Marine Safety at Every Level

By Tracy Murrell

The stern of the 85 foot catamaran Spirit of Adventure rests on the bottom of Seward Small Boat Harbor.  Photo credit: Steve Fink
The stern of the 85 foot catamaran Spirit of Adventure rests on the bottom of Seward Small Boat Harbor. Photo credit: Steve Fink

Earlier this year, I wrote about the 100th anniversary of the signing of the International Convention for the Safety of Life at Sea, or SOLAS, first adopted in January 1914, and inspired by the 1912 sinking of the RMS Titanic.

Life at sea is indeed immeasurably safer since the passage of SOLAS. But international treaties like SOLAS and legislation at the national level are never instant, or complete, fixes.

In fact, in May 1914, just months after SOLAS was first signed, the Norwegian ship SS Storstad came out of heavy fog to collide with the RMS Empress of Ireland (“Canada’s Titanic”) on the St. Lawrence River. About 14 minutes later, the Empress of Ireland sank, taking more than 1,000 lives.

I invite those who aren’t familiar with the Empress of Ireland accident to research it further. But the stark fact is that the 100th anniversary year of SOLAS also included the 100th anniversary of another marine tragedy rivaling the sinking of the Titanic.

A new treaty, or law, or technological advance is never enough. Layers of safety have to interleave to protect the lives of mariners and passengers at sea. There are international treaties, national laws, and industry standards, and improving each of them improves safety. But safety depends just as much on people and procedures, all the way down to individual actions.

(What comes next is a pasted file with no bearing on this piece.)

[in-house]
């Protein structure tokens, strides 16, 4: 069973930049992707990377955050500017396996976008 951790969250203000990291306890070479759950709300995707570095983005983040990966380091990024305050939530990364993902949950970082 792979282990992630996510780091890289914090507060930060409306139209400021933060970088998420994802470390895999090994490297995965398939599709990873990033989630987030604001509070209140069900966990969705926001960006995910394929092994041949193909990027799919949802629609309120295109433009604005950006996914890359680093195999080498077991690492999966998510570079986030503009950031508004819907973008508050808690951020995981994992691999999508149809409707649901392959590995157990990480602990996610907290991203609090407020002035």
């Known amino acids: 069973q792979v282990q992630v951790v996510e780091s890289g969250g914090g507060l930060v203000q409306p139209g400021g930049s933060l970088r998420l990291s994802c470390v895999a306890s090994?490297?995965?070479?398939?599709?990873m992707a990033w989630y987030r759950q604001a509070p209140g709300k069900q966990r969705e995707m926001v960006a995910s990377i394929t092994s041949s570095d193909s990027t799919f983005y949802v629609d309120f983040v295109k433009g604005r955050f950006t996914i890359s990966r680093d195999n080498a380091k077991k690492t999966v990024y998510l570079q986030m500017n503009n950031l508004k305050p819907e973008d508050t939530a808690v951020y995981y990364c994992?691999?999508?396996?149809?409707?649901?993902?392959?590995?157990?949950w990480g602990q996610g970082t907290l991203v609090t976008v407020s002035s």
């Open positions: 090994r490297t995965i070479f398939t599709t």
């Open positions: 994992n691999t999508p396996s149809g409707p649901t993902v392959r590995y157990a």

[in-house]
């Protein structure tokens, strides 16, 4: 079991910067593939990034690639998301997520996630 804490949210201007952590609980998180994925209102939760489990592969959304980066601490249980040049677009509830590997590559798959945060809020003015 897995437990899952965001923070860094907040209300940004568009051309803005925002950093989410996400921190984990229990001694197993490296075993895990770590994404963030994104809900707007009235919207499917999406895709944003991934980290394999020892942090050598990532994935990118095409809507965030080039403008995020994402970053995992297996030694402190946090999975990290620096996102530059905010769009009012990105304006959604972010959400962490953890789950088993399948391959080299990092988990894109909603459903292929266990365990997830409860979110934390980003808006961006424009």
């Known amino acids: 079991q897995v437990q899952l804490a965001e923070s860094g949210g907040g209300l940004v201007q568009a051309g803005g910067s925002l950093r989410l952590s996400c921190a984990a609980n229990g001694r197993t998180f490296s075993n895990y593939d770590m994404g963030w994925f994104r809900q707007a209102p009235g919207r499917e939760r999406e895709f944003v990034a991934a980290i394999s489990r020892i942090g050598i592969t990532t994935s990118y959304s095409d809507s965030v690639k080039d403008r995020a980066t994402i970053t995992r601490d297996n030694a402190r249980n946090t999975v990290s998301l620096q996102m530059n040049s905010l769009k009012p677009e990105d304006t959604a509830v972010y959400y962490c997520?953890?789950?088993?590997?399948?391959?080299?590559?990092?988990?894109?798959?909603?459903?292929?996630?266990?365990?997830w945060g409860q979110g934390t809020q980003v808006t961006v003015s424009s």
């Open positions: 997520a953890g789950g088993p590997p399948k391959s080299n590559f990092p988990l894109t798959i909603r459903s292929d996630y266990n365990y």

In the first week of December, the NTSB launched investigators to four major marine casualties – that is, significant accidents and incidents. We launched to a fifth just days before, on November 29. Fortunately, no lives were lost – although there were injuries in some cases, and extensive property damage in all:

  • November 29, 2014: At 4:17 a.m. PST, west of Siletz Bay, OR, the Commercial Fishing Vessel Blazer took on water and sank. Five people were rescued by the United States Coast Guard (USCG). Minor injuries were reported.
  • December 1, 2014: At 7:23 a.m. CST, south of Port Fourchon, LA, the Commercial Fishing Vessel Miss Eva caught fire. Three on board were injured, one seriously.
  • December 4, 2014: At 2:42 a.m. EST, in Eastport, ME, the Eastport Port Authority Breakwater Terminal Pier collapsed, completely submerging three vessels and breaking others free of their moorings, obstructing the entrance to the harbor.
  • December 5, 2014: at 2:16 a.m. PST, the 171 gross ton Commercial Fishing Vessel Titan reported that it had run aground and was taking on water at the “A” Jetty in Ilwaco Channel, WA. The USCG responded and attempted, unsuccessfully, to help the 5-member crew to dewater the vessel. The crew was subsequently evacuated on a USCG motor life boat. The Titan slowly sank, releasing some of the 3,500 gallons of diesel fuel onboard.
  • December 8, 2014: At 9 a.m. AKST, the 99 gross-ton Passenger Vessel Spirit of Adventure was found partially submerged at the dock in Seward Harbor, AK. No crew or passengers were on board at the time of the incident. Damage is estimated at $1 million.

Our investigative work on each of these events has just begun, and it may be months before their lessons are fully learned. But there will be lessons. If the lessons are applied, the circumstances leading to these accidents and incidents can be prevented in the future.

While some suffered injuries in these five events, we will have learned these lessons without loss of life. They will be bargains, so to speak, in the world of marine accident investigation.

I invite readers to read our brief digest of completed marine investigations, Safer Seas 2013. In 2015 we will publish Safer Seas 2014, to share the lessons of investigative activities completed this year. We urge all those who take to the seas – and all who are involved in marine enterprises – to review these lessons.

Countless lives have been saved by SOLAS, national laws, improving industry standards, and better technology. More will be saved by addressing the lessons we learn in future investigations – and by individual mariners taking to heart the lessons already learned.


Tracy Murrell is the Director of NTSB’s Office of Marine Safety

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